Automatic Transfers

One of the easiest methods to get money into a savings account is to set up a direct deposit from your employer to your savings account.

You don't need to put your entire check into savings, just a percentage of it. Most employers allow you to do this through your company's HR platform.

If you're a freelancer or work a job where a direct deposit isn't an option, try setting a calendar reminder for yourself each payday, or have your bank do it for you.

When you deposit your check, transfer a set percentage of that check to your savings account. Even if it's only $20 per paycheck, those savings will start to add up.


For accumulating savings outside of a traditional savings account, try an app like Acorn which rounds up your debit transactions to the nearest dollar amount and puts those funds into an investment account.

It's a simple tool that can help you set aside money to use for your down payment. Other options include investing a lump-sum of money into interest-earning CDs or money market funds.


For others, the easiest way to save money for a house can be to closely examine your spending habits. Too often, potential homebuyers are spending money in unnecessary places.

For example, if you're stopping at Starbucks every day for your iced coffee, invest in a $20 cold brew carafe and make your iced coffee yourself.

You'll save tons of money each month from this one change in habit.

Using an app like Mint, or tools like our budget planner can help you categorize your spending and identify areas where you spend too much.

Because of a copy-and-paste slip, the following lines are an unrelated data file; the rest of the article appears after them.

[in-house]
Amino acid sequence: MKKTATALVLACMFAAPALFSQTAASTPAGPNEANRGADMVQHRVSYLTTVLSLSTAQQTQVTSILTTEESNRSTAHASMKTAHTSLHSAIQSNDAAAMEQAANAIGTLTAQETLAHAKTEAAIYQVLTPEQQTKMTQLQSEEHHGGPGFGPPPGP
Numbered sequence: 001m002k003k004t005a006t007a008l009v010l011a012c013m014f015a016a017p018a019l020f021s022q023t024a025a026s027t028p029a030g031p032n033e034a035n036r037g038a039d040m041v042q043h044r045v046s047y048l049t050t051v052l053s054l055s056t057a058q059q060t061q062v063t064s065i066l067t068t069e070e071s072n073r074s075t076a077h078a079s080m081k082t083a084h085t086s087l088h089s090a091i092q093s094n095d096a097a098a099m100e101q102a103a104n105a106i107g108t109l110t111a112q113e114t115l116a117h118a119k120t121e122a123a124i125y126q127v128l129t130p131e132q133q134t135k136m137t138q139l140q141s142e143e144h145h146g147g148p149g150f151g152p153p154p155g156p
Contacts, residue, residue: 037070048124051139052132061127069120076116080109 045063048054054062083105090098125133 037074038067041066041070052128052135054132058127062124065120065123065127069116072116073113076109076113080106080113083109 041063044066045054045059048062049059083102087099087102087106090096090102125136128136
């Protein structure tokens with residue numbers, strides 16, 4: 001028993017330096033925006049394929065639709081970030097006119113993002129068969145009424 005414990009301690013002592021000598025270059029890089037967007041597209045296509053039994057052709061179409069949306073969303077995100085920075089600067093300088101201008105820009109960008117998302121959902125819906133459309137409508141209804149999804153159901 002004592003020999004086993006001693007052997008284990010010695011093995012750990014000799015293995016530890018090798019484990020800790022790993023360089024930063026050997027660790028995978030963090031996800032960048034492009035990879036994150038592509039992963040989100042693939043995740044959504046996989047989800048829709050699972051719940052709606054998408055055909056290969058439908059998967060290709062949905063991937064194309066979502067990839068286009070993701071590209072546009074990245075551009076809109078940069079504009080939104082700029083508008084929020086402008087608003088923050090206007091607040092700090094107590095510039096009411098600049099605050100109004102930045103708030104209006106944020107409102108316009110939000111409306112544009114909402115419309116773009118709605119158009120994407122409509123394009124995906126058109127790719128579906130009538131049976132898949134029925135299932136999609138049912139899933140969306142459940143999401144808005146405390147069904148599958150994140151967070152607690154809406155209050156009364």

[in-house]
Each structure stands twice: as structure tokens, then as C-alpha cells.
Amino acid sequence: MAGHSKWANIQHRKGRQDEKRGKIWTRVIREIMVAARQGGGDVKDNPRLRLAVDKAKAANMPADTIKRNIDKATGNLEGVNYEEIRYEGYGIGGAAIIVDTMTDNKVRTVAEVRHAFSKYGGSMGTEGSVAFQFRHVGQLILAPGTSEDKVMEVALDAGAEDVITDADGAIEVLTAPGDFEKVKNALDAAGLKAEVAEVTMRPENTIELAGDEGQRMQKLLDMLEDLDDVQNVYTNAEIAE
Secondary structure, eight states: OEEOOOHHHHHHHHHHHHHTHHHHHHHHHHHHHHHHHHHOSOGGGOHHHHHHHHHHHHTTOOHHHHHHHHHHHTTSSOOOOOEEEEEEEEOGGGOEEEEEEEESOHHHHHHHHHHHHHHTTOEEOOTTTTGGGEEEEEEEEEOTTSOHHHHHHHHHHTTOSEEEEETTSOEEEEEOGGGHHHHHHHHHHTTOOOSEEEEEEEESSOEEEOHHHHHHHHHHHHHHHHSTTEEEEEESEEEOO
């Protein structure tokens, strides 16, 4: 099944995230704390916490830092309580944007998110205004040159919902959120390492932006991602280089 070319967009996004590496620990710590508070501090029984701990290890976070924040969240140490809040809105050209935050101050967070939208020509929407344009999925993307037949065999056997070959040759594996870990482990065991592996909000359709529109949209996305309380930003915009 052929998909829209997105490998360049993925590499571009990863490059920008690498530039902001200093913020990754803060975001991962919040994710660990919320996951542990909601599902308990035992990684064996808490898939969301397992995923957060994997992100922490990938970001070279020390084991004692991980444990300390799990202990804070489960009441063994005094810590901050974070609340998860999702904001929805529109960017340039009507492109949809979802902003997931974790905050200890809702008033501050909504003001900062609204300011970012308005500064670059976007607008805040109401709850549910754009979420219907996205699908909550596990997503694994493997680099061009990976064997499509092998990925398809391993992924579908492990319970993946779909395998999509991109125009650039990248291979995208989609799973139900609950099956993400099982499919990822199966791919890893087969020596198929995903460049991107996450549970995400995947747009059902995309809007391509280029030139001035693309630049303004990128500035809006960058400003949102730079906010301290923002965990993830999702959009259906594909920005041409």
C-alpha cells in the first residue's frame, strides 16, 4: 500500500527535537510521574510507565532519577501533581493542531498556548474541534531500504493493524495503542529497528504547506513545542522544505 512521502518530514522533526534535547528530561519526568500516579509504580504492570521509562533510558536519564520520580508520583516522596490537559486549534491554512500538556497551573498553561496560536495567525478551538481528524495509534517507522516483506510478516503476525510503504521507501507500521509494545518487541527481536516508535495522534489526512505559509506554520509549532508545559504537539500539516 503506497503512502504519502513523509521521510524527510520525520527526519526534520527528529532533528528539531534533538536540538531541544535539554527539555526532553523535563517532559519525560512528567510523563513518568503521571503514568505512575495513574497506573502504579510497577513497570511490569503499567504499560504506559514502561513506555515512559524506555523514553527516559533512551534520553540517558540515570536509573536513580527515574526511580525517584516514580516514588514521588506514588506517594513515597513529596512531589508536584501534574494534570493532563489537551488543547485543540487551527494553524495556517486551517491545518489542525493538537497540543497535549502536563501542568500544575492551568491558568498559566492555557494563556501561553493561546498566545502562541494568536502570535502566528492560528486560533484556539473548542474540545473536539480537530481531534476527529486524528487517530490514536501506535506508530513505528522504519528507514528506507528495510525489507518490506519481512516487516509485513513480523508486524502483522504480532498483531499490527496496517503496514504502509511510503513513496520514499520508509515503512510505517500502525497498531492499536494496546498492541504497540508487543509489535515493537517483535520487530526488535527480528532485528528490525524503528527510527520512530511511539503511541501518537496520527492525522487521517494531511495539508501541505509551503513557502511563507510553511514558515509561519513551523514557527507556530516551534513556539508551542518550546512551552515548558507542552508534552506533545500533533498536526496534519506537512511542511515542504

Each month, try reducing the costs in one category and put those savings towards your down payment fund.

What if I haven't saved enough for my dream home?

If you have your eye on a particular home, but you haven't saved enough, you may have a few options.

Borrow from Your 401K

If you're looking to buy a house on a shorter timeline, one thing you can do to boost your savings quickly is to borrow from your 401(k).

You'd only want to take this option if your 401(k) is well-funded and you can repay your account (with interest to yourself) in five years.

You should also know that you can only borrow up to half the amount in your 401(k).

Nonetheless, it can be a good option for those who need a lump sum to reach their down payment savings goals in a pinch.

Side Hustle to Earn Extra Cash

If you don't already have a side hustle, picking one up can be a very easy way to help you save for a house.

The key to running a side hustle is to tap into the strengths and skills you already have. These can be physical skills or knowledge-based strengths.

Here are some popular side hustles that might be worth trying:

  • Freelance writing or content strategist
  • Sell crafts on Etsy or at farmers markets
  • Freelance web development
  • Consulting on a particular industry you have experience in
  • Babysitting
  • Dog walking
  • Random tasks on apps like TaskRabbit
  • Starting a niche affiliate blog

There is truly no limit to what you can do as a side hustle.

Just remember: if you're starting a side hustle for the purpose of saving money, you should funnel those earnings directly into your down payment fund.